Florida-based content marketing agency Fractl has something to brag about: a new study, co-produced by Moz, examining the current state of the industry, along with a Content Marketing ROI Calculator to boot. Good to know, seeing as proving the ROI of content efforts continues to be the biggest challenge for marketers across the United States.
“The goal of our research was to take a data-driven approach to comparing the efficacy of native advertising versus content marketing,” says Fractl VP of Marketing Kelsey Libert. A heartening discovery revealed that the quest for executive sponsors has gotten easier for marketers year-on-year, meaning organization leaders are finally getting on board with what we’ve known for a while now: Content works and it deserves funding – and, judging by the results of this survey, it’s finally getting it.
65% of agencies were found to be producing anywhere from one to 10 campaigns on a monthly basis, with 70% working on a monthly retainer structure. And they are getting paid: “Clients spending between $10,000 and $50,000 compared to those spending between $1,000 and $5,000 saw a 162% increase in the total links generated by their campaigns,” said Libert.
“We see the sweet spot for success comes from agencies that are given the budget to produce larger-scope campaigns and invest in influencer marketing – those charging $5,000 to $50,000 per content marketing campaign or retainer.” And to further elaborate, 48% of clients measure success by the number of leads, high-quality links, and total social shares generated by each campaign.
As for where that money’s going, Fractl found that 65% of agencies produce between one and ten campaigns per month, per client. Articles and infographics – which, according to a previous survey of 500 top-tier publishers, happen to be the most sought-after forms of content – represent almost 60% of production, with case studies, interactive graphics, and videos accounting for close to 30%. Libert adds, “It’s good to see most agencies are producing what’s in-line with the publishers that will give them the largest reach.”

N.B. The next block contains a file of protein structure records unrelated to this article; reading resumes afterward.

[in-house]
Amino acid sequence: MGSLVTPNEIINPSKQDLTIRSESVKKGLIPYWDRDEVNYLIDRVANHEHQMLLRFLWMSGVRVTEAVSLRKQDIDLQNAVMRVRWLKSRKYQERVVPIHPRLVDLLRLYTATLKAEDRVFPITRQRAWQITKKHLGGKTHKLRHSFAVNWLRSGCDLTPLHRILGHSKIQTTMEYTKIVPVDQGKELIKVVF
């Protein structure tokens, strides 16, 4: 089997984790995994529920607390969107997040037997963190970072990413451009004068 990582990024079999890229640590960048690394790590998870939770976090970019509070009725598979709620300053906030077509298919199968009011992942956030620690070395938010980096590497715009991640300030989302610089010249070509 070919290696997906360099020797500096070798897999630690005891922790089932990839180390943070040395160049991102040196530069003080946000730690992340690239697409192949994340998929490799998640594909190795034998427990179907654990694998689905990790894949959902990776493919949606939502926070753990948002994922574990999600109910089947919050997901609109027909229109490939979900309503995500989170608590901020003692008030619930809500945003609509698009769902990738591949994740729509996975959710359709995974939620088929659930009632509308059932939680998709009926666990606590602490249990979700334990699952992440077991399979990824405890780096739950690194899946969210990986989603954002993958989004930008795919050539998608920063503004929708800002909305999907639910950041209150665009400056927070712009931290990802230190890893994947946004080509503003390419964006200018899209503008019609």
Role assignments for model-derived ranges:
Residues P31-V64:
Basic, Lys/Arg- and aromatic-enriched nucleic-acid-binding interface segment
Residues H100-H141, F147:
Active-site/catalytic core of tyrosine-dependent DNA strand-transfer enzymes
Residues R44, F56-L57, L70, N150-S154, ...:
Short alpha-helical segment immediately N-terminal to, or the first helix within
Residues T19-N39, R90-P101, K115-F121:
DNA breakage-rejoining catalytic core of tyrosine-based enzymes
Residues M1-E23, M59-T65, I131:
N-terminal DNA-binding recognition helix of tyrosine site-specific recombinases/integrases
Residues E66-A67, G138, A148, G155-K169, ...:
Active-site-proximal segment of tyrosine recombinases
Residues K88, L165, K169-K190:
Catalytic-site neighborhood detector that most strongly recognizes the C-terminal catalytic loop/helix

So where does native come in? Fractl was able to work with Relevance and incorporate their raw data on native advertising cost research with that of almost 600 digital publishers for further analysis. Naturally, both native and content do their part to build brand awareness, but sponsored content can’t guarantee engagement, even when it comes to top publishers who charge an average of about $54,000 (and up to $200,000) on native advertising programs.
To dig a little deeper, Fractl analyzed 38 BuzzFeed native advertising campaigns as compared to 58 of their own content marketing efforts. The BuzzFeed campaigns were calculated using all of the posts on a “Brand Publisher’s” page (e.g. Kindle), while their own were calculated using all of the campaigns executed for each of their clients in 2014. Content beat out native every time.
If that’s not enough food for thought, Fractl’s Content Marketing ROI Calculator strives to provide a more personalized insight. It measures traffic, social shares, links, and major placements to help prove a campaign’s return. The numbers may surprise you. Go on – give it a try! And let us know what you think @newscred.
Anastasia Dyakovskaya is a writer, editor and creative consultant from New York City. When she’s not writing for NewsCred, she’s developing copy and editorial for brands and tech startups. When she’s not working, she’s likely behind the camera or planning her next adventure. Follow her @worldinquestion and at worldinquestion.com.
Originally published on Sep 18, 2015 9:59 AM